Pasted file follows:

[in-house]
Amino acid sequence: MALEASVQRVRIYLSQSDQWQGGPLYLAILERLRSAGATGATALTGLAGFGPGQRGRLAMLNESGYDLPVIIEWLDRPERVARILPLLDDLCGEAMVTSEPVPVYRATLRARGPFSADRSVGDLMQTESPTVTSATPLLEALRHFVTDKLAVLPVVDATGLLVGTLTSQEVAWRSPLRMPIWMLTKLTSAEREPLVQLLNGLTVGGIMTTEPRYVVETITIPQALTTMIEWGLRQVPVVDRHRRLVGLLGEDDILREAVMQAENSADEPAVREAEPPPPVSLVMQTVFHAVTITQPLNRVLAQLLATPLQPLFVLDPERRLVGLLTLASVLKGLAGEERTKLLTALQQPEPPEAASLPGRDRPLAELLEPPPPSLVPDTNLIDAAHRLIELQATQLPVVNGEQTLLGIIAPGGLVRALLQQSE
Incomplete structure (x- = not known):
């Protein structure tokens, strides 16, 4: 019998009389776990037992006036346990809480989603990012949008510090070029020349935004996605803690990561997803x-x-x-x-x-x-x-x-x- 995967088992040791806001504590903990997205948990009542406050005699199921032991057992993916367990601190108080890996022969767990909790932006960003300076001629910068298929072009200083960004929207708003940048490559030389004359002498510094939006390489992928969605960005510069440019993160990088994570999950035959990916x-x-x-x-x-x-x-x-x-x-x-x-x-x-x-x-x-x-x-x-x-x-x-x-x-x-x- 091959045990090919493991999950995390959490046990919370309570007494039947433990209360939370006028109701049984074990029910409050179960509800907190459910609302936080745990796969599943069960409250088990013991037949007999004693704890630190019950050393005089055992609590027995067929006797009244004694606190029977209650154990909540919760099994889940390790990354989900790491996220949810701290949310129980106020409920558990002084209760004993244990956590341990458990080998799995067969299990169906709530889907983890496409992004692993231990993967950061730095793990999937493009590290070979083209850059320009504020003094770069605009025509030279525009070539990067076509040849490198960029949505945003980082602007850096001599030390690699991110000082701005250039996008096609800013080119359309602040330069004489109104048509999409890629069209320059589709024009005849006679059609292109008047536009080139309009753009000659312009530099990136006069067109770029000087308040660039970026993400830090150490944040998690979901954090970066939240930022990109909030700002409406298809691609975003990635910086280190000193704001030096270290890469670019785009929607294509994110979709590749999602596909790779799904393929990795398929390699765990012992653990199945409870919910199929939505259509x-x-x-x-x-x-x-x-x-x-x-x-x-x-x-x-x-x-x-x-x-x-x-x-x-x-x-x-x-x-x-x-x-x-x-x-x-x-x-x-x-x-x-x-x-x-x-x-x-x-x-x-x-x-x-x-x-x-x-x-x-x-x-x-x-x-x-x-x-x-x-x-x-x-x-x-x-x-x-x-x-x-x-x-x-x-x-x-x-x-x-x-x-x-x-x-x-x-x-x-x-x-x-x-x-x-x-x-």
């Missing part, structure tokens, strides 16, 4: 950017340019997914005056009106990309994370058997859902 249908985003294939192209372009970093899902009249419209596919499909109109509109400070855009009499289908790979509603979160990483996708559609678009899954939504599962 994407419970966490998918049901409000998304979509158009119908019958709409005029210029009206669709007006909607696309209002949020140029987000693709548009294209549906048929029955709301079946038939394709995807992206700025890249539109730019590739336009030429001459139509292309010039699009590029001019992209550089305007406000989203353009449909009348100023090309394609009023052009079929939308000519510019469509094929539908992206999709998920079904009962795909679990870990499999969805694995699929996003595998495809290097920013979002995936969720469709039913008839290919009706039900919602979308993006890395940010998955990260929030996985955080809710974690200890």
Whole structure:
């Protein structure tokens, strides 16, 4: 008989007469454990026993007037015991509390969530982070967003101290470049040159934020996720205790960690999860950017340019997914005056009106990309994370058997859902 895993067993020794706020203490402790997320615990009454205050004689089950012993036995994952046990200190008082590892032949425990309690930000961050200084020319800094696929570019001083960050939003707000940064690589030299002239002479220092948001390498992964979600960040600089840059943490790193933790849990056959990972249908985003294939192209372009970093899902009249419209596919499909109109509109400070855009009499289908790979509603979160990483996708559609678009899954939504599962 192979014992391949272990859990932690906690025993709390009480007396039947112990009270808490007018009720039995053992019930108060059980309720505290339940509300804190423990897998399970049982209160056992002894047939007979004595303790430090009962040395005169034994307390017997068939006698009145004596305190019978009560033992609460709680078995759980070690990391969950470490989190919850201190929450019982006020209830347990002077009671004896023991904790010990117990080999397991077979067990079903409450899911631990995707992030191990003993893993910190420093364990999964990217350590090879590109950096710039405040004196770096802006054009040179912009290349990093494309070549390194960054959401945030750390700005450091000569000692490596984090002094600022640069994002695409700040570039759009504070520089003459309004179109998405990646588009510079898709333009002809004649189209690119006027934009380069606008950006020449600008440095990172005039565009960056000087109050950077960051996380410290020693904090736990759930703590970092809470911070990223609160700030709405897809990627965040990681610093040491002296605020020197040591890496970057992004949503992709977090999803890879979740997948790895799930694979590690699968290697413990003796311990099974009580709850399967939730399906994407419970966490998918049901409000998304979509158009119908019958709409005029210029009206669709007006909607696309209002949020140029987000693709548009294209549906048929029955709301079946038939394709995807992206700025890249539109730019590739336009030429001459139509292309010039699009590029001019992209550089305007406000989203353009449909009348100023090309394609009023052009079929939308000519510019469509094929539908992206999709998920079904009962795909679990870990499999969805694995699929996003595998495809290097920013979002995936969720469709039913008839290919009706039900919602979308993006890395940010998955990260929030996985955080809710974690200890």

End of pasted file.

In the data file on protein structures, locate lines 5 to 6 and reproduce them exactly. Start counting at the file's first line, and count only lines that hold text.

């Missing part, structure tokens, strides 16, 4: 950017340019997914005056009106990309994370058997859902 249908985003294939192209372009970093899902009249419209596919499909109109509109400070855009009499289908790979509603979160990483996708559609678009899954939504599962 994407419970966490998918049901409000998304979509158009119908019958709409005029210029009206669709007006909607696309209002949020140029987000693709548009294209549906048929029955709301079946038939394709995807992206700025890249539109730019590739336009030429001459139509292309010039699009590029001019992209550089305007406000989203353009449909009348100023090309394609009023052009079929939308000519510019469509094929539908992206999709998920079904009962795909679990870990499999969805694995699929996003595998495809290097920013979002995936969720469709039913008839290919009706039900919602979308993006890395940010998955990260929030996985955080809710974690200890």
Whole structure: